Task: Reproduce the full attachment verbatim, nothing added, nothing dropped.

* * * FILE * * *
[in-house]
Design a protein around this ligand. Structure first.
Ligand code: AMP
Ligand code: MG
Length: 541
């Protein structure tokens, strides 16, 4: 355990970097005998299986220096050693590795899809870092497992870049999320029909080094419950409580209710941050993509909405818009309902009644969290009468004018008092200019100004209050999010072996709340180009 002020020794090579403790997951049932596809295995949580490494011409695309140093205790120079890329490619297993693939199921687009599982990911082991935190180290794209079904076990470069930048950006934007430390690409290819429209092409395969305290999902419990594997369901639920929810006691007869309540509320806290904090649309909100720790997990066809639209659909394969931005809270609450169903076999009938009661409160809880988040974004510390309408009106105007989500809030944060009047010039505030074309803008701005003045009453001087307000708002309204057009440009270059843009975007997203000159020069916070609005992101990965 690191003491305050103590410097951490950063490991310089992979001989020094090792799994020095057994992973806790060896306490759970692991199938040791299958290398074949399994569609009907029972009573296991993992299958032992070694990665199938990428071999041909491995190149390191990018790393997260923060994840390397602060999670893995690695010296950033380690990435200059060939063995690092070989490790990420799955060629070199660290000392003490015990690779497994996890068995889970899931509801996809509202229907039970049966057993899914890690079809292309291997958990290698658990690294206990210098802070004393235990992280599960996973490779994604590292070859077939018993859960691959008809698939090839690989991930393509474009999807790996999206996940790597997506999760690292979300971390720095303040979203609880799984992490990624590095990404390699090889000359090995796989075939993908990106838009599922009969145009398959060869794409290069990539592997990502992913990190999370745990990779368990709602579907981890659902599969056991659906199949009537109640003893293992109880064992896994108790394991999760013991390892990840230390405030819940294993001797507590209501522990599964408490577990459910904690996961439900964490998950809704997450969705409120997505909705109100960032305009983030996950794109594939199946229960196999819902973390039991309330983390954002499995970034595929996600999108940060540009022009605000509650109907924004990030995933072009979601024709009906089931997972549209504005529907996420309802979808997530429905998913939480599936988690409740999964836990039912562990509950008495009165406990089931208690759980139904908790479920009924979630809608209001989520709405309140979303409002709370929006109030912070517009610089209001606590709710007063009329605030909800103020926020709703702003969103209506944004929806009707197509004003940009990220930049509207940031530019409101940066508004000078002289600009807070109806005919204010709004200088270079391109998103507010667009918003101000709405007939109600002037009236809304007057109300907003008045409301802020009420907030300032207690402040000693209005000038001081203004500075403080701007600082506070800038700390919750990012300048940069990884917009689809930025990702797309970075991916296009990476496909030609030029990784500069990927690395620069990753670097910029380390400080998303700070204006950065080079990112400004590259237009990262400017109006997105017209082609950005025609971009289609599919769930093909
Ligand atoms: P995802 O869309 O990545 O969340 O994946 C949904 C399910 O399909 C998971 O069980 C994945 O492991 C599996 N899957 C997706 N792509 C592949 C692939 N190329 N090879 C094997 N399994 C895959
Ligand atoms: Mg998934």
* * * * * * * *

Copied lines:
[in-house]
Design a protein around this ligand. Structure first.
Ligand code: AMP
Ligand code: MG
Length: 541
């Protein structure tokens, strides 16, 4: 355990970097005998299986220096050693590795899809870092497992870049999320029909080094419950409580209710941050993509909405818009309902009644969290009468004018008092200019100004209050999010072996709340180009 002020020794090579403790997951049932596809295995949580490494011409695309140093205790120079890329490619297993693939199921687009599982990911082991935190180290794209079904076990470069930048950006934007430390690409290819429209092409395969305290999902419990594997369901639920929810006691007869309540509320806290904090649309909100720790997990066809639209659909394969931005809270609450169903076999009938009661409160809880988040974004510390309408009106105007989500809030944060009047010039505030074309803008701005003045009453001087307000708002309204057009440009270059843009975007997203000159020069916070609005992101990965 690191003491305050103590410097951490950063490991310089992979001989020094090792799994020095057994992973806790060896306490759970692991199938040791299958290398074949399994569609009907029972009573296991993992299958032992070694990665199938990428071999041909491995190149390191990018790393997260923060994840390397602060999670893995690695010296950033380690990435200059060939063995690092070989490790990420799955060629070199660290000392003490015990690779497994996890068995889970899931509801996809509202229907039970049966057993899914890690079809292309291997958990290698658990690294206990210098802070004393235990992280599960996973490779994604590292070859077939018993859960691959008809698939090839690989991930393509474009999807790996999206996940790597997506999760690292979300971390720095303040979203609880799984992490990624590095990404390699090889000359090995796989075939993908990106838009599922009969145009398959060869794409290069990539592997990502992913990190999370745990990779368990709602579907981890659902599969056991659906199949009537109640003893293992109880064992896994108790394991999760013991390892990840230390405030819940294993001797507590209501522990599964408490577990459910904690996961439900964490998950809704997450969705409120997505909705109100960032305009983030996950794109594939199946229960196999819902973390039991309330983390954002499995970034595929996600999108940060540009022009605000509650109907924004990030995933072009979601024709009906089931997972549209504005529907996420309802979808997530429905998913939480599936988690409740999964836990039912562990509950008495009165406990089931208690759980139904908790479920009924979630809608209001989520709405309140979303409002709370929006109030912070517009610089209001606590709710007063009329605030909800103020926020709703702003969103209506944004929806009707197509004003940009990220930049509207940031530019409101940066508004000078002289600009807070109806005919204010709004200088270079391109998103507010667009918003101000709405007939109600002037009236809304007057109300907003008045409301802020009420907030300032207690402040000693209005000038001081203004500075403080701007600082506070800038700390919750990012300048940069990884917009689809930025990702797309970075991916296009990476496909030609030029990784500069990927690395620069990753670097910029380390400080998303700070204006950065080079990112400004590259237009990262400017109006997105017209082609950005025609971009289609599919769930093909
Ligand atoms: P995802 O869309 O990545 O969340 O994946 C949904 C399910 O399909 C998971 O069980 C994945 O492991 C599996 N899957 C997706 N792509 C592949 C692939 N190329 N090879 C094997 N399994 C895959
Ligand atoms: Mg998934």